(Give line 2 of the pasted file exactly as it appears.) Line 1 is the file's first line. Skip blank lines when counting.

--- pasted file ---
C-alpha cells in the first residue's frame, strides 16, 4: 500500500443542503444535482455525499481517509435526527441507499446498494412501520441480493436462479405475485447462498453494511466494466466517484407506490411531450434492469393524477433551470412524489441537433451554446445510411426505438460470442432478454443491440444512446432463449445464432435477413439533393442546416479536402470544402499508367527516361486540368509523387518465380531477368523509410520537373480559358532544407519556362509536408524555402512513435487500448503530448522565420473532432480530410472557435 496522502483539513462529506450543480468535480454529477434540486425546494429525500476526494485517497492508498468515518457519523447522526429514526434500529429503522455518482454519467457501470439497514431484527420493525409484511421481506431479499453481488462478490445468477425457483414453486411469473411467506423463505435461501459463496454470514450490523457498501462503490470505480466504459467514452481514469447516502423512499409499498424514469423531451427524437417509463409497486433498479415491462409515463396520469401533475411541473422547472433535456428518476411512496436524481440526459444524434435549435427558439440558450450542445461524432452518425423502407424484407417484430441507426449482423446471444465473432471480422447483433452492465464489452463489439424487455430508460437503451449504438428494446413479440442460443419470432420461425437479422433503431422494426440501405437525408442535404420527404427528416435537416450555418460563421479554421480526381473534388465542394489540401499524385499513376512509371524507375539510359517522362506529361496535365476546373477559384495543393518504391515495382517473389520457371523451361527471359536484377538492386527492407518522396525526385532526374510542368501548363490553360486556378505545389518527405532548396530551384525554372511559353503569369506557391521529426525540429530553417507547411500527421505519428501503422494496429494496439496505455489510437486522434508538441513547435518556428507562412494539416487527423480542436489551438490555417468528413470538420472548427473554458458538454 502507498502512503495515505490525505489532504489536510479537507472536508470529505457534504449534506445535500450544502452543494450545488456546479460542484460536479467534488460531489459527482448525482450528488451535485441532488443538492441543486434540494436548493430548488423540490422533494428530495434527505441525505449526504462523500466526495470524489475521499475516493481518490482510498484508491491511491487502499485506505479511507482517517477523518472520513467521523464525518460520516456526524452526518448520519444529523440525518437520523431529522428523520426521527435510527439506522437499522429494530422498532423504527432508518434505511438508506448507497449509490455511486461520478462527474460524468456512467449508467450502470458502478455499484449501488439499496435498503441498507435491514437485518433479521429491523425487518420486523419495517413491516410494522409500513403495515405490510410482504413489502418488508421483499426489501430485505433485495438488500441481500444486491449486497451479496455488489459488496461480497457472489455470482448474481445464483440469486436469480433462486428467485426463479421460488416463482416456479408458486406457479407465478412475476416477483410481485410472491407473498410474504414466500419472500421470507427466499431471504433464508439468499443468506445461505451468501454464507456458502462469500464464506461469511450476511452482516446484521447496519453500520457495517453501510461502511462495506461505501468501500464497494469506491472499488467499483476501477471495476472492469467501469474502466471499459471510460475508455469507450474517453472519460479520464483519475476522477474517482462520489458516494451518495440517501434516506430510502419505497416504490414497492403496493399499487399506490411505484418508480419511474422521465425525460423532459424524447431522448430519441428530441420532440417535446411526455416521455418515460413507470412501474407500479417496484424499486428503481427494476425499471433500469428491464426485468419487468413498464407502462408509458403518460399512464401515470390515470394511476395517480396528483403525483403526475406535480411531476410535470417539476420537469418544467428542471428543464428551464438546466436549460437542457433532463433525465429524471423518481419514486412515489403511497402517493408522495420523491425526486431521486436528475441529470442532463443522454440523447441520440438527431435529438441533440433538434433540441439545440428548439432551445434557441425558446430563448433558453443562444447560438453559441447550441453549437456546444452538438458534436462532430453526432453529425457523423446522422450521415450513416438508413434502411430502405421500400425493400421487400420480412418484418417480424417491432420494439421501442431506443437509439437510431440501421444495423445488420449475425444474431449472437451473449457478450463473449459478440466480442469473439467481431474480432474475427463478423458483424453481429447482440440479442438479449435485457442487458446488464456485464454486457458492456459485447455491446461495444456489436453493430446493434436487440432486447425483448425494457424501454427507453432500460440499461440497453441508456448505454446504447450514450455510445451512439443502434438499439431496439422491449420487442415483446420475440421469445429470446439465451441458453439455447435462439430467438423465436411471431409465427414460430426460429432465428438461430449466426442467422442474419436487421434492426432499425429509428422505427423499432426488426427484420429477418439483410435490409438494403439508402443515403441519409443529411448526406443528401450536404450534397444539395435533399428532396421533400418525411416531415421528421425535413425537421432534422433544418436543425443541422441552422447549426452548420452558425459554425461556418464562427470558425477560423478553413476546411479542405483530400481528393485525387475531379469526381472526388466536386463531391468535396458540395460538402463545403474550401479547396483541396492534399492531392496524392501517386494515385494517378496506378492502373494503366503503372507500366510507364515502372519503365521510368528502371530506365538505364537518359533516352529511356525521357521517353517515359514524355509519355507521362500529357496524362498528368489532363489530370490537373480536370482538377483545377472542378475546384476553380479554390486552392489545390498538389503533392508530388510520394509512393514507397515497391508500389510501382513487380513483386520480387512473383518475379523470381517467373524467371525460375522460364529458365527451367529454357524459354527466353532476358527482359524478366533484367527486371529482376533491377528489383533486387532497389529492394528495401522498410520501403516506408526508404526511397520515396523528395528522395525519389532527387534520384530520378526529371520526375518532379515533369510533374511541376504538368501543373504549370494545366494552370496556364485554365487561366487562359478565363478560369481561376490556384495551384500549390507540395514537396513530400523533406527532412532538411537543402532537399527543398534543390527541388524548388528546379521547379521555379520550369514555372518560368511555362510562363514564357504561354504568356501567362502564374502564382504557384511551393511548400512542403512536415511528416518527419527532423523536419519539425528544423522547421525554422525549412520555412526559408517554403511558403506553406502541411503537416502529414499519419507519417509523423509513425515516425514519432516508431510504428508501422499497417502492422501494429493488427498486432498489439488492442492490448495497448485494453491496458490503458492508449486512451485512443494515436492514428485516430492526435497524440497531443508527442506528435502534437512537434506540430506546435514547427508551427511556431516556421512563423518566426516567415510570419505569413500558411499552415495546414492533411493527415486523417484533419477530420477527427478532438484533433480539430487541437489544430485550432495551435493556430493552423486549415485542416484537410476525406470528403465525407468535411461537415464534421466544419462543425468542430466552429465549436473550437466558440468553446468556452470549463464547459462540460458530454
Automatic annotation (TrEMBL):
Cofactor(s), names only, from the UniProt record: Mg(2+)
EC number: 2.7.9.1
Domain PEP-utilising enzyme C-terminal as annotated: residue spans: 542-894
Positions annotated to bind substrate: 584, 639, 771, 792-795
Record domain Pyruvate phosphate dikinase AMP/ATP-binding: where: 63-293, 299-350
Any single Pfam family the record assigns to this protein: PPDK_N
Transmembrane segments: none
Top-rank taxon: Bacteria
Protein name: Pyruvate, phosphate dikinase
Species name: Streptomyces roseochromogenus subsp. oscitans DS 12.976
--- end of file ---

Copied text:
Automatic annotation (TrEMBL):